• Record: found
  • Abstract: found
  • Article: found
Is Open Access

Intensity-modulated radiation therapy using static ports of tomotherapy (TomoDirect): comparison with the TomoHelical mode

Read this article at

      There is no author summary for this article yet. Authors can add summaries to their articles on ScienceOpen to make them more accessible to a non-specialist audience.



      With the new mode of Tomotherapy, irradiation can be delivered using static ports of the TomoDirect mode. The purpose of this study was to evaluate the characteristics of TomoDirect plans compared to conventional TomoHelical plans.


      TomoDirect and TomoHelical plans were compared in 46 patients with a prostate, thoracic wall or lung tumor. The mean target dose was used as the prescription dose. The minimum coverage dose of 95% of the target (D95%), conformity index (CI), uniformity index (UI), dose distribution in organs at risk and treatment time were evaluated. For TomoDirect, 2 to 5 static ports were used depending on the tumor location.


      For the prostate target volume, TomoDirect plans could not reduce the rectal dose and required a longer treatment time than TomoHelical. For the thoracic wall target volume, the V5Gy of the lung or liver was lower in TomoDirect than in TomoHelical ( p = 0.02). For the lung target volume, TomoDirect yielded higher CI ( p = 0.009) but smaller V5Gy of the lung ( p = 0.005) than TomoHelical. Treatment time did not differ significantly between the thoracic wall and lung plans.


      Prostate cancers should be treated with the TomoHelical mode. Considering the risk of low-dose radiation to the lung, the TomoDirect mode could be an option for thoracic wall and lung tumors.

      Related collections

      Most cited references 26

      • Record: found
      • Abstract: found
      • Article: not found

      A simple scoring ratio to index the conformity of radiosurgical treatment plans. Technical note.

       I Paddick (2000)
      A conformity index is a measure of how well the volume of a radiosurgical dose distribution conforms to the size and shape of a target volume. Because the success of radiosurgery is related to the extremely conformal irradiation of the target, an accurate method for describing this parameter is important. Existing conformity ratios and indices used in radiosurgery are reviewed and criticized. It will be demonstrated that previously proposed measurements of conformity can, under certain conditions, give false perfect scores. A new conformity index is derived that gives an objective score of conformity for a treatment plan and gives no false scores. An analysis of five different treatment plans is made using both the existing scoring methods and the new conformity index.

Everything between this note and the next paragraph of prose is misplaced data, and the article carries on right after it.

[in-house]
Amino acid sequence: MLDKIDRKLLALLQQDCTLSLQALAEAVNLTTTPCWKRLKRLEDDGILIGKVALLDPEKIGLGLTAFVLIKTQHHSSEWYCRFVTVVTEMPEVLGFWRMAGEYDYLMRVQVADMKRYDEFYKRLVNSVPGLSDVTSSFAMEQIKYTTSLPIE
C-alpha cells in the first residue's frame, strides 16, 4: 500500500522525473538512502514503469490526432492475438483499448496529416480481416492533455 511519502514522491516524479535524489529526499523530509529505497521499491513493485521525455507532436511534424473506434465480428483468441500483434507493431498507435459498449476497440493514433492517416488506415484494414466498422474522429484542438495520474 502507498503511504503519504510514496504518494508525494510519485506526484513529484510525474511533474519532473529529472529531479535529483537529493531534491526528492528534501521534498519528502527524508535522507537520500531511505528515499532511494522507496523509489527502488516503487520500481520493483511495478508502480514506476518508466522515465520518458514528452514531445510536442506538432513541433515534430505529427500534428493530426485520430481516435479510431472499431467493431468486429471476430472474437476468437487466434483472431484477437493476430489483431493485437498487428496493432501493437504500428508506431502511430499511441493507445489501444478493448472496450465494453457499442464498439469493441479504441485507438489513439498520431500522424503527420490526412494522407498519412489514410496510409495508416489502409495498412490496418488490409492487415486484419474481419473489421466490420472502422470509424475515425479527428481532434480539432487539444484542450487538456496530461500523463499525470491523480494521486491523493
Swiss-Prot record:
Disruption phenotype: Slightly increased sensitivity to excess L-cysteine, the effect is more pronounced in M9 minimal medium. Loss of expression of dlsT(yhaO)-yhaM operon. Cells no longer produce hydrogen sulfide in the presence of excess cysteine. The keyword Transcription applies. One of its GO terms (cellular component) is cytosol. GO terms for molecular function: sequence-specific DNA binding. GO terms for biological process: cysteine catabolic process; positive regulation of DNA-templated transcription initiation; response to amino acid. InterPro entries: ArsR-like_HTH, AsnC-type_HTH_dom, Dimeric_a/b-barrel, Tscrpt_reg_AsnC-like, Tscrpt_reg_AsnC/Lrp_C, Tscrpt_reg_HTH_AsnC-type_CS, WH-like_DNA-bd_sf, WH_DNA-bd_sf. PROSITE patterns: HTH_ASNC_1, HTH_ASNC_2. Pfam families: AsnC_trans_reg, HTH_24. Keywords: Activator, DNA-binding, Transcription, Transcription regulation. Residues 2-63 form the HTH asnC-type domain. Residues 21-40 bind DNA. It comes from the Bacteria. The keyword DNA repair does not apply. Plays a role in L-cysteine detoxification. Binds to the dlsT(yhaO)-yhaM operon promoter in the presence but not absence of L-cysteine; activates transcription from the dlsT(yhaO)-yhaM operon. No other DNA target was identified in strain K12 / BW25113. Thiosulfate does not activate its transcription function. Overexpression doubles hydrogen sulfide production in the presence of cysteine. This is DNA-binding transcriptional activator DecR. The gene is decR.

• Record: found
        • Abstract: found
        • Article: not found

        Radiation dose-volume effects in the lung.

        The three-dimensional dose, volume, and outcome data for lung are reviewed in detail. The rate of symptomatic pneumonitis is related to many dosimetric parameters, and there are no evident threshold "tolerance dose-volume" levels. There are strong volume and fractionation effects. Copyright 2010 Elsevier Inc. All rights reserved.
          • Record: found
          • Abstract: found
          • Article: not found

          Tomotherapy: a new concept for the delivery of dynamic conformal radiotherapy.

          Tomotherapy, literally "slice therapy," is a proposal for the delivery of radiation therapy with intensity-modulated strips of radiation. The proposed method employs a linear accelerator, or another radiation-emitting device, which would be mounted on a ring gantry like a CT scanner. The patient would move through the bore of the gantry simultaneously with gantry rotation. The intensity modulation would be performed by temporally modulated multiple independent leaves that open and close across the slit opening. At any given time, any leaf would be (1) closed, covering a portion of the slit, (2) open, allowing radiation through, or (3) changing between these states. This method would result in the delivery of highly conformal radiation. Overall treatment times should be comparable with contemporary treatment delivery times. The ring gantry would make it convenient to mount a narrow multisegmented megavoltage detector system for beam verification and a CT scanner on the treatment unit. Such a treatment unit could become a powerful tool for treatment planning, conformal treatment, and verification using tomographic images. The physical properties of this treatment delivery are evaluated and the fundamental design specifications are justified.

            Author and article information

            [1 ]Department of Radiology, Nagoya City University Graduate School of Medical Sciences, 1 Kawasumi, Mizuho-cho, Mizuho-ku, Nagoya 467-8601, Japan
            [2 ]Department of Radiation Oncology, JA Suzuka General Hospital, Suzuka, Japan
            Radiat Oncol
            Radiat Oncol
            Radiation Oncology (London, England)
            BioMed Central
            21 March 2013
            : 8
            : 68
            Copyright ©2013 Murai et al.; licensee BioMed Central Ltd.

            This is an Open Access article distributed under the terms of the Creative Commons Attribution License (, which permits unrestricted use, distribution, and reproduction in any medium, provided the original work is properly cited.



            Comment on this article